But they both knew that would need to have a second movie idea to pitch during those meetings. Lucy in the Sky (previously titled Pale Blue Dot) was that idea.

“We had like 75 breakfasts with executives – and again, we’re two kids from central Florida who knew nobody who did this. It always seemed like an impossible dream. So we get to the point where we finished the script and there were people waiting for it. Our agents were holding it back, strategically – it was this insane thing.”

Two days later, they got a call to meet Reese Witherspoon at the Polo Lounge at the Beverly Hills Hotel.

“I remember sitting in my beat up old car in front of the Polo Lounge being too embarrassed to valet,” says DiGuiseppi.

They had a drink with Witherspoon and she was very complimentary about the script during the meeting. Their agent called after to say Witherspoon wanted to play the lead. However,  due to scheduling conflicts with Big Little Lies Season 2, Portman would play the role of Lucy and Witherspoon would stay on as producer. The rest is history.

So what happened to the diaper?

“For all the diaper fetishists out there we can discuss that,” jokes Brown. “This film started its life as a spec script and the diaper was on page one of our original draft. For us it was the one thing that made this character extremely interesting. But she wasn’t just found with just a diaper, she had tubing, specific amounts of cash, a BB gun, rope and the diaper fit into all that because there wasn’t time. In the original story, its about someone driving from Houston to Orlando to beat a plane, every second counted.”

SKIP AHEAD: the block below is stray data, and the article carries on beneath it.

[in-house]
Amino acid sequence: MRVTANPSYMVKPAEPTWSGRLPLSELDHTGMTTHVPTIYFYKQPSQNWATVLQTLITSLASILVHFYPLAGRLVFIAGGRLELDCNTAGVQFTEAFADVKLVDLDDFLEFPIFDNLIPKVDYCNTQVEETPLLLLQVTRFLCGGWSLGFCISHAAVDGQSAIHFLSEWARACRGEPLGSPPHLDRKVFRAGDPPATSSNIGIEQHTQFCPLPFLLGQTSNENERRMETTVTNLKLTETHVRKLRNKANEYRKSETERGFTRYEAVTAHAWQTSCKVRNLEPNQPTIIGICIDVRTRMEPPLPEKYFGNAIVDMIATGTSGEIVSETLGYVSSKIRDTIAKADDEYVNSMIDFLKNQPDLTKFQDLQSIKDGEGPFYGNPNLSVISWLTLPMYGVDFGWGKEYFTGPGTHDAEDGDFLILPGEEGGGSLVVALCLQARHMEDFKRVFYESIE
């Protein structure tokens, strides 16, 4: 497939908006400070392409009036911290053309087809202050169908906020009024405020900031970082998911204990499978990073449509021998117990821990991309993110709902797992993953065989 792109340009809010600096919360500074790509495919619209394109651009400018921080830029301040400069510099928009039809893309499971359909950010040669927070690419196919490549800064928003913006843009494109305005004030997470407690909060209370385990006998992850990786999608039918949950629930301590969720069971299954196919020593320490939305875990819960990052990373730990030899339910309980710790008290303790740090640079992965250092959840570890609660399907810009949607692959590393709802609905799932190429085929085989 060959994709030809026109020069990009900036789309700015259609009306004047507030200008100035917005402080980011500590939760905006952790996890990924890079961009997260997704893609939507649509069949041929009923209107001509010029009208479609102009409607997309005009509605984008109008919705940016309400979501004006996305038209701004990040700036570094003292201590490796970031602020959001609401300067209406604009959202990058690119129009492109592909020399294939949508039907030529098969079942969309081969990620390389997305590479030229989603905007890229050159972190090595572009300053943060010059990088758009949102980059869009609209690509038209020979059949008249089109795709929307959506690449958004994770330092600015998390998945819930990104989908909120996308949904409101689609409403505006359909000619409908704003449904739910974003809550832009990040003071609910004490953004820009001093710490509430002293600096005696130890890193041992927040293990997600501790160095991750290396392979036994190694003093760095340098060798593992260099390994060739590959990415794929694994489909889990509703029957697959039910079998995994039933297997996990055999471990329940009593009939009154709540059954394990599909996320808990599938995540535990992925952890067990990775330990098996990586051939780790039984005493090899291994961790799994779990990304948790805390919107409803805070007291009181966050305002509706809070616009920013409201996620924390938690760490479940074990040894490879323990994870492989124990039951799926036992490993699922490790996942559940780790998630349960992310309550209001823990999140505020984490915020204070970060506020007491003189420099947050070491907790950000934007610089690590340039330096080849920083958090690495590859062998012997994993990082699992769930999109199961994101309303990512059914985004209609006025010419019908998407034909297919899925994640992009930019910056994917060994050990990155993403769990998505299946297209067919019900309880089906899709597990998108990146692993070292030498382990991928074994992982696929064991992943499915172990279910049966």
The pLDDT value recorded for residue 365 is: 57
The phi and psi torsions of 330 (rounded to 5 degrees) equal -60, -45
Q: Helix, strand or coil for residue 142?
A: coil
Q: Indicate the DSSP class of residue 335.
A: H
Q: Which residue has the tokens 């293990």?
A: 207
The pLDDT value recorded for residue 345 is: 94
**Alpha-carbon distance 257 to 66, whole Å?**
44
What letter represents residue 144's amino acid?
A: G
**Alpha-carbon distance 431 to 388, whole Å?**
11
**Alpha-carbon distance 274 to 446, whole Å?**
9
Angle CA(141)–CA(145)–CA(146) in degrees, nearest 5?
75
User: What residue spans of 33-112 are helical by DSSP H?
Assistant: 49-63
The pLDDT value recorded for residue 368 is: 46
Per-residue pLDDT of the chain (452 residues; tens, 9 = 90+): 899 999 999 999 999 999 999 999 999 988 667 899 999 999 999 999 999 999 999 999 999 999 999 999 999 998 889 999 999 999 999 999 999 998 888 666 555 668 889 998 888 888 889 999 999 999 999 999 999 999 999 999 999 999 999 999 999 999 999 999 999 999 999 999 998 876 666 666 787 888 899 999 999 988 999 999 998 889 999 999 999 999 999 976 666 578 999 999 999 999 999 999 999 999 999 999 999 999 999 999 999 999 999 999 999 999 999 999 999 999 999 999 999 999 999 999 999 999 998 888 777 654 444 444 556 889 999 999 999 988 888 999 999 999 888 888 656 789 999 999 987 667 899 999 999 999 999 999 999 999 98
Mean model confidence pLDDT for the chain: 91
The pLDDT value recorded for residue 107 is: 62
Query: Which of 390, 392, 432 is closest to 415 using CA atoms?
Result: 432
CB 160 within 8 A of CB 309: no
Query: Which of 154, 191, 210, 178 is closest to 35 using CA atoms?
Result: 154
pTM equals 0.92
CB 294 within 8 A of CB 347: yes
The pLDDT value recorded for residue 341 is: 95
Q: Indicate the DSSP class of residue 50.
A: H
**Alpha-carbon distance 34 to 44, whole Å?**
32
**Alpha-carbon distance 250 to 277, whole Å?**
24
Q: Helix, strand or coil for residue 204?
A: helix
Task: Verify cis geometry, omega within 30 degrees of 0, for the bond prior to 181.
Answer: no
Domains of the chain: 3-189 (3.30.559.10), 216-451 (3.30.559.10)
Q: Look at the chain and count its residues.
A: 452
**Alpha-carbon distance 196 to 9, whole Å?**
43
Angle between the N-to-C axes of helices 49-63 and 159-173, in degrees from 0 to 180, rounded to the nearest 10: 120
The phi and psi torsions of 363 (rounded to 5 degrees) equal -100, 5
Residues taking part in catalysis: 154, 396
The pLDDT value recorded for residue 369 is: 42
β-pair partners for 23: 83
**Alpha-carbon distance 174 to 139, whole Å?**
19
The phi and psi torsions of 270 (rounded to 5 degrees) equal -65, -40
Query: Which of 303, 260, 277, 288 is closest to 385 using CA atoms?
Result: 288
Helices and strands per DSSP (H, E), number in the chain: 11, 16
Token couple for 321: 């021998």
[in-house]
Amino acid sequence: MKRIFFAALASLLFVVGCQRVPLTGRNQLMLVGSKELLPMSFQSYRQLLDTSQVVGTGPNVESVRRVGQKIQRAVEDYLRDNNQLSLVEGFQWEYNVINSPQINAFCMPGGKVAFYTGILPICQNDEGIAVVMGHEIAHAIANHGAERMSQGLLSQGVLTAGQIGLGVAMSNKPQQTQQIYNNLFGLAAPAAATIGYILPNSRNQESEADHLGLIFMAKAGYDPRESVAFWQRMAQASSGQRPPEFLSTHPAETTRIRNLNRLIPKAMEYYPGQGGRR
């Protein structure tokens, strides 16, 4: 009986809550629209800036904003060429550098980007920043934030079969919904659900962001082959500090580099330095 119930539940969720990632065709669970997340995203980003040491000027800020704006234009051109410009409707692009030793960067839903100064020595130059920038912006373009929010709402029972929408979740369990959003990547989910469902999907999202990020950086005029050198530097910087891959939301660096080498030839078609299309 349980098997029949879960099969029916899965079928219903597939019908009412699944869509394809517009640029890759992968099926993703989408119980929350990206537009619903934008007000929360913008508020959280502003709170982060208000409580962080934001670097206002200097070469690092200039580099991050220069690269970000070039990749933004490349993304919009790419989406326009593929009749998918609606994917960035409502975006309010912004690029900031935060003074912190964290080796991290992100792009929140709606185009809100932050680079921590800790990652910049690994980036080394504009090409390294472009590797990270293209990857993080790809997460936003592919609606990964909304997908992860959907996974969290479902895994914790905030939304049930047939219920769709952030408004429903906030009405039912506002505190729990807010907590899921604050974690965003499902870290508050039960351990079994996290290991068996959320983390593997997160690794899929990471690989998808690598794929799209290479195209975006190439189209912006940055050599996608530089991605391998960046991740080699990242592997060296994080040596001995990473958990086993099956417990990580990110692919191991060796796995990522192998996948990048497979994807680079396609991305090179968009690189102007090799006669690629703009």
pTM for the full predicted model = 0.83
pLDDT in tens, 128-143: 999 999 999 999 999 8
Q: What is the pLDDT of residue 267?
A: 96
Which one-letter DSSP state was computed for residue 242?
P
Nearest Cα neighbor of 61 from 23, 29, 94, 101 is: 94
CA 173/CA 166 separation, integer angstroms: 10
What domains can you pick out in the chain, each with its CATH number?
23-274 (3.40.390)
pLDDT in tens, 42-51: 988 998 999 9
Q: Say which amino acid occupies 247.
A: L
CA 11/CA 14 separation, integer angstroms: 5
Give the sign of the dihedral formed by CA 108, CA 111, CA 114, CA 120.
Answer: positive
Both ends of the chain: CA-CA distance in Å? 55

“When Brian and I saw the list of everything that was confiscated,” says DiGuiseppi, “it all made sense to us. We don’t condone that behavior but it became understandable. Where the diaper went, who can say? We also think it’s a story that exists separately. [Lucy] is more than a diaper.“

Brown, who’s been in Los Angeles for 10 years now, took up surfing when he wasn’t writing and compares the two. “Surfing is the great metaphor for everything. You’re waiting for a wave and it’s about knowing what to do when an opportunity comes. Brian and I are compulsive writers we’re always writing — for years we wrote in what felt like a vacuum, but there are opportunities out there for everyone. Always be prepared and always be looking for opportunities and when that wave comes try and ride it as best you can.”

Lucy in the Sky opens Oct. 4.


Shanee Edwards graduated from UCLA Film School with an MFA in Screenwriting and is currently the film critic for She recently won the Next MacGyver television writing competition to create a TV show about a female engineer. Her pilot, Ada and the Machine, is currently in development with America Ferrera's Take Fountain Productions. You can follow her on Twitter: @ShaneeEdwards

1 Reply to "Lucy in the Sky writers compare writing to surfing and talk about the missing diaper"

  • comment-avatar
    Amandah Blackwell October 4, 2019 (8:55 am)

    I liked the “writing is like surfing” metaphor, especially since it applies to those of us who are trying to break into screenwriting. We have an ocean of opportunity in front of us. However, we need to make the right connections and hope that the right ones will come our way, whether we meet people at networking events or someone introduces us to someone who knows someone.

    P.S. What year does the movie takes place? I know it’s loosely based on the 2007 story about Lisa Nowak. However, Natalie Portman’s styling seems more like the 1970s or the early 1980s. But I could be wrong.